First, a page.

Twenty years since its founding, brothers Cody and Willy Braun no longer wish for their band to be pigeonholed simply as a bunch of rowdy, beer-drinking party boys. Willy says. "We would like folks to really hear the lyrics and appreciate the musicianship that goes into the arrangements." Out touring in support of Sunset Motel, country rockers Reckless Kelly stomp wildly into 191 Toole. With a little help from Drew Cooper... In support of their debut EP, Colors, Silver Cloud Express (psychedelic rock) are at Cans Deli. With The Others (experimental/instrumental) and Still Life Telescope (psychedelic/prog rock)... Harnessing power directly from the red rock mountains and vortexes of Sedona where he resides—or so we are asked to believe—decker. (psychedelic/desert folk) channels electromagnetic Earth energy at Club Congress. With Billy Sedlmayr and Gabrielle Louise... This Songwriter's Hall of Fame inductee is best known for writing hits for the Eagles, Linda Ronstadt, James Taylor, Roy Orbison, Trisha Yearwood, George Strait, Brooks and Dunn, etcetera. His latest album, Tenderness (Sony), balances understated jazz along with the pop narratives that drive his success. Spend an evening with JD Souther at The Rialto Theater...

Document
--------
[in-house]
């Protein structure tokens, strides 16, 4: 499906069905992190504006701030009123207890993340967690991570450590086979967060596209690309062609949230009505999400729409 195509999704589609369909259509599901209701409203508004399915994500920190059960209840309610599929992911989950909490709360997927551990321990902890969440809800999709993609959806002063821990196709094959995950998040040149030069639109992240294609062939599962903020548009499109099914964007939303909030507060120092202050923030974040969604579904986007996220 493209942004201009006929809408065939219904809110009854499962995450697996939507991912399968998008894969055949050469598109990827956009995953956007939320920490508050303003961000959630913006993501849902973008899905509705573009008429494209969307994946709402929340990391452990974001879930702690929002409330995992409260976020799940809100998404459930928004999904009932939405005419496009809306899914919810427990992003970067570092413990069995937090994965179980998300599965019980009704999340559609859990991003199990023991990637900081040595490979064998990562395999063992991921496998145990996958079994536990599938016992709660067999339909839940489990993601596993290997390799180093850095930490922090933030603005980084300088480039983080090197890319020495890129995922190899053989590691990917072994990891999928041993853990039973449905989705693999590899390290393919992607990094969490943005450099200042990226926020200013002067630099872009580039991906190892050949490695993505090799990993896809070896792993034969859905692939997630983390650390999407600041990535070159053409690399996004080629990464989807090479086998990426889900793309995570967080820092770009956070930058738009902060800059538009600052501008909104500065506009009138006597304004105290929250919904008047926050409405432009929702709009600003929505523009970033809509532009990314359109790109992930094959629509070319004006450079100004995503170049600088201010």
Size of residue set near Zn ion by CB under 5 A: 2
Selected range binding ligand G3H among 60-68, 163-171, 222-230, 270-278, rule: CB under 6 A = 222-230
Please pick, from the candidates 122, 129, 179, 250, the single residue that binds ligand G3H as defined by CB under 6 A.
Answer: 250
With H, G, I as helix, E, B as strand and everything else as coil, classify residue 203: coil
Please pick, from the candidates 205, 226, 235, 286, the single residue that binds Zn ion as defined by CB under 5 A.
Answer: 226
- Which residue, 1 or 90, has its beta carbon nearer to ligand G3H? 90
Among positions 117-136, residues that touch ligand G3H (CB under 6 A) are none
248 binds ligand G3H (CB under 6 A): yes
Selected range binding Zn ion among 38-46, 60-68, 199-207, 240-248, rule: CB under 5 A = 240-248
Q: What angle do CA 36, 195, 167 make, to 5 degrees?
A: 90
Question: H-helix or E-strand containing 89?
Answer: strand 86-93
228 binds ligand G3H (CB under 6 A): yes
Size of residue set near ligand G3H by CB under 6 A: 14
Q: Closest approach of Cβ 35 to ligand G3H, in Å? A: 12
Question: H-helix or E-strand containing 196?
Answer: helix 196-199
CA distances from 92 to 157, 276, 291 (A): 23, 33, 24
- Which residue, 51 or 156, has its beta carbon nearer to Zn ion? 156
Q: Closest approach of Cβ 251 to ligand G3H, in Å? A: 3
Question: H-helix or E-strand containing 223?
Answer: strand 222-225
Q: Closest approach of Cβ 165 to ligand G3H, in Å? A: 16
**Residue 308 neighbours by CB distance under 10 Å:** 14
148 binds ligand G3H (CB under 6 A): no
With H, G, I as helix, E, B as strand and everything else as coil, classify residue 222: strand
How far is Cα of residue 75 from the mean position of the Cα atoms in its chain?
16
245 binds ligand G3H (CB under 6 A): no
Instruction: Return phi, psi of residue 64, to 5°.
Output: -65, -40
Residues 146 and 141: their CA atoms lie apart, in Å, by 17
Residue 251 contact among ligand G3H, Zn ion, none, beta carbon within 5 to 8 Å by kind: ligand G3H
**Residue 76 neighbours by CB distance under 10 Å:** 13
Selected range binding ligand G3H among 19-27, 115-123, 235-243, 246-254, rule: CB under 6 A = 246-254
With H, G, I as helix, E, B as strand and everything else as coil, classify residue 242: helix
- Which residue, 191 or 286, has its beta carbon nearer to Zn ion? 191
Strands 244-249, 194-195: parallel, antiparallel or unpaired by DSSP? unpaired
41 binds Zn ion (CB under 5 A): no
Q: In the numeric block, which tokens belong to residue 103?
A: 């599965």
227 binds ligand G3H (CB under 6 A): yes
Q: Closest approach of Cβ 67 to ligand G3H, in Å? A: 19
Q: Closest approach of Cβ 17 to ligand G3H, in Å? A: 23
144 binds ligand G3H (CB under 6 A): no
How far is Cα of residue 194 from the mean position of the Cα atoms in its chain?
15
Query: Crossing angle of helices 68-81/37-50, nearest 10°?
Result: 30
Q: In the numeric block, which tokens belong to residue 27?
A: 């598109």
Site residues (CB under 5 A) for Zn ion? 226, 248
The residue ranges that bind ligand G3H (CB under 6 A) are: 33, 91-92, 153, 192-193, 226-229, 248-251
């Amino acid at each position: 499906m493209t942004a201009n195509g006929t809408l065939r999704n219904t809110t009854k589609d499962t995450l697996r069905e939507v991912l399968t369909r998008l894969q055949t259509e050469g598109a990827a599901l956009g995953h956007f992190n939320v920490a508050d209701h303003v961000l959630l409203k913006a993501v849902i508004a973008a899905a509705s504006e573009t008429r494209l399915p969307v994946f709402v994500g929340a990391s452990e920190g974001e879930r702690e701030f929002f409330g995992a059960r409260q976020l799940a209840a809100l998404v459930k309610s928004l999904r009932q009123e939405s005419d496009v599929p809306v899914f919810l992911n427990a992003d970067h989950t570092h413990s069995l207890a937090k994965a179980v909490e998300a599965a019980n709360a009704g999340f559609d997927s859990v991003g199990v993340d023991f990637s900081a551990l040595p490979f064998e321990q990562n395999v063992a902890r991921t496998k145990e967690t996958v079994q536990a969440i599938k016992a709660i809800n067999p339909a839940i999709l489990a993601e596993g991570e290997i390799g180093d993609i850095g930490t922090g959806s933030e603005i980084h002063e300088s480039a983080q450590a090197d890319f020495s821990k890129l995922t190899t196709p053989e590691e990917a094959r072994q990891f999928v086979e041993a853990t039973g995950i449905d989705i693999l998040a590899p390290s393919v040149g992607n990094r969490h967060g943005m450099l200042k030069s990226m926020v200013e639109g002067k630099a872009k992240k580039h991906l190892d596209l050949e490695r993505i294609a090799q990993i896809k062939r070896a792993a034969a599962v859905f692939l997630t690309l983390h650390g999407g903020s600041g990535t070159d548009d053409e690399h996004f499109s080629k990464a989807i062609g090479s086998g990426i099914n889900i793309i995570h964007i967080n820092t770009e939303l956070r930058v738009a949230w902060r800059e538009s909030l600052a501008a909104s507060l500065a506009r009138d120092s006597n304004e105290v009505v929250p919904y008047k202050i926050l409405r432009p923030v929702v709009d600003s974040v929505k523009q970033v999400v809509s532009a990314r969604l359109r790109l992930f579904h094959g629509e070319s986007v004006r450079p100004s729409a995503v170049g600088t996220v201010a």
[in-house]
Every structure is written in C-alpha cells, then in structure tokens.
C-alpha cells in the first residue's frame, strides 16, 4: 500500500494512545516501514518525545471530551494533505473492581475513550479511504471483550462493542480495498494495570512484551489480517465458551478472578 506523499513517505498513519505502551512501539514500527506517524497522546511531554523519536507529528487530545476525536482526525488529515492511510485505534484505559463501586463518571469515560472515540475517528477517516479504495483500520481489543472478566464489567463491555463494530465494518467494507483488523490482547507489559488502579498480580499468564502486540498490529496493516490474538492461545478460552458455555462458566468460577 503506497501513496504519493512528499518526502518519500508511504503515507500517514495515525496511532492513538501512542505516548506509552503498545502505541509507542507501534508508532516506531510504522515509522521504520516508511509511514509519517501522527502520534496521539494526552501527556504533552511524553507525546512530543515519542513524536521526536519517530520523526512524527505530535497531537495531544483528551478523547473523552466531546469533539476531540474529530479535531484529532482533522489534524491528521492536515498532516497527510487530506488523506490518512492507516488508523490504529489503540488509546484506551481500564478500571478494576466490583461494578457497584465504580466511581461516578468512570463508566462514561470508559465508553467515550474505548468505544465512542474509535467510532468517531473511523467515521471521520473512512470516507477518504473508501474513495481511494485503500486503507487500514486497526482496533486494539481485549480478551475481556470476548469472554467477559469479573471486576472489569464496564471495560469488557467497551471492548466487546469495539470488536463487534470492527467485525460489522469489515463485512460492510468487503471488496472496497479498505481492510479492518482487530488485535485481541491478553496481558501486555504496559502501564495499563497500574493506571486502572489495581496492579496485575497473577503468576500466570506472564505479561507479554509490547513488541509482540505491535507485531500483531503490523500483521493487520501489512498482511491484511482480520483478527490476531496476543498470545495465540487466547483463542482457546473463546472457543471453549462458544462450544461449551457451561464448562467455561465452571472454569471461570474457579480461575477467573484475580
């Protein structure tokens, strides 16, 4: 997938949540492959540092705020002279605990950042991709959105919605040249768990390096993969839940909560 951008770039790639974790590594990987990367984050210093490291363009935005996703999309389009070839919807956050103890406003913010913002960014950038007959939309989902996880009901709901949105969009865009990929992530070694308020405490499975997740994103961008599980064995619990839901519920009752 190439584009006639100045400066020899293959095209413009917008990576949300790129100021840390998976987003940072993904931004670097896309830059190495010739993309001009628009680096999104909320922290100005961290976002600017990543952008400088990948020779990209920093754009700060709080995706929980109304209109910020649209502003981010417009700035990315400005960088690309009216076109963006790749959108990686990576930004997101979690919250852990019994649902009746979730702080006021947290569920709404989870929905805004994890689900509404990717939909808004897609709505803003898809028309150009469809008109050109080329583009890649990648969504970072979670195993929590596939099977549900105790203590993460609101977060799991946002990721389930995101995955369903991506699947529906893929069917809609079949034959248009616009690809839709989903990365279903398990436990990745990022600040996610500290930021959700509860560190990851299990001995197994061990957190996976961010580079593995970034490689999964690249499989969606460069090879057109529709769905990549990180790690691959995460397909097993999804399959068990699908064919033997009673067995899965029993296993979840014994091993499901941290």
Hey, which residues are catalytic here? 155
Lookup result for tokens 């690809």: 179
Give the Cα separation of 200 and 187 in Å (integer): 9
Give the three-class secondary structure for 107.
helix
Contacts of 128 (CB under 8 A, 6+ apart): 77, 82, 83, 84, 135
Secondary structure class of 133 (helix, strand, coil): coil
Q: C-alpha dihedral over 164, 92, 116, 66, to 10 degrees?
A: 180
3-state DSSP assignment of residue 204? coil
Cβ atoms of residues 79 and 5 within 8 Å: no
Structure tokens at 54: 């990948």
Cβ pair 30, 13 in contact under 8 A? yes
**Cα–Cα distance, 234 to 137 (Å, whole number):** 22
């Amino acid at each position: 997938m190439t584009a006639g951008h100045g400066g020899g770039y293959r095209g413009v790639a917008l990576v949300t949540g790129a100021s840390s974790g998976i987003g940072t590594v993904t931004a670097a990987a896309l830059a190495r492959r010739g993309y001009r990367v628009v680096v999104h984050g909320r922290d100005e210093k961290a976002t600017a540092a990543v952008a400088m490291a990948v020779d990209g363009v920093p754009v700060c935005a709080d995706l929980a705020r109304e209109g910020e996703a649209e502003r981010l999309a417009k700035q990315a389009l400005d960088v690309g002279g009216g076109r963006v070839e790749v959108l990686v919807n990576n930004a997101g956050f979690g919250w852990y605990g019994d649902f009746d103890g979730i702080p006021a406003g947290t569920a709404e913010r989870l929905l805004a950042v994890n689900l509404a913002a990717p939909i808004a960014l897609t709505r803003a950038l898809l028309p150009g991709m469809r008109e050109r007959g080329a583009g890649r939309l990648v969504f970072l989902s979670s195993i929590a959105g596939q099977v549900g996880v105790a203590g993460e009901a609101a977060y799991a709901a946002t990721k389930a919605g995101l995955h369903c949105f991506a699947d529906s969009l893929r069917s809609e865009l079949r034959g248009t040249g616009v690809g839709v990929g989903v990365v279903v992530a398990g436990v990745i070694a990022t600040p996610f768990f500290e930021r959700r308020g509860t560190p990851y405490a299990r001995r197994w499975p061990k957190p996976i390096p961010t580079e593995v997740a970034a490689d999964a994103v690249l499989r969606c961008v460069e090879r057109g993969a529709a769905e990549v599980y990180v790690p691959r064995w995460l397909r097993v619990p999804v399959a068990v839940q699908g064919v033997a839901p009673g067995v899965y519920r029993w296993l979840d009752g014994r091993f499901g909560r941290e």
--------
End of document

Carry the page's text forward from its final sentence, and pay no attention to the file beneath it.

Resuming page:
HOT WAX...

Seanloui

"Don't Let Me Go"

The keyboards shimmer and reverberate. The layered vocals are pitch perfect and expansive. The funky/scratchy guitar riffs are pure Nile Rodgers. And the backbeat, on this piece of R&B/Euro pop ear candy, is designed for the dance floor. If ever a track had the requisite pop hooks and modern production aesthetic to find itself on a contemporary hit radio playlist, it's "Don't Let Me Go," Seanloui's latest single.

But, production values alone don't cut it. No, sir. These days, digital audio production software, like Pro Tools, is de rigueur. However, the elusive X factor doesn't come with the download. Seanloui expands, "I wrote the song. Robbie Williams (formerly with Saint Cecilia Studios) produced it. It was recorded at Epic Studios (Phoenix)."

Seanloui is atypical. Far more than his pop posterboy image. He is a versatile songwriter and multi-instrumentalist: He plays bass, keyboards and lays down a wicked guitar groove on his Epiphone Sheraton.

"'Don't Let Me Go' is about a guy who finds himself in the ocean drowning while his lover sits on a raft debating if he is worth saving," says Seanloui.

Seanloui is performing at 2nd Saturdays Downtown, July 14, on the Scott Avenue Stage. Listen to "Don't Let Me Go" and other Seanloui tracks on Spotify.

Hannah Yeun

"Don't Wanna Dream"

Moving expeditiously, the motorcar devours the road. A hot desert wind strays debris. An impromptu weekend escape towards no place in particular. Just away. There is a sense of leaving something dark behind as vistas slowly reveal ahead.

Like the eerie backing vocals that open the track and recur, "Don't Wanna Dream," Hannah Yeun's latest single, is a siren song, beseeching: "It's about the little lies we tell ourselves/Cuz I've seen things that I can't ignore/What's the point of make-believe/When I can't pretend that you love me."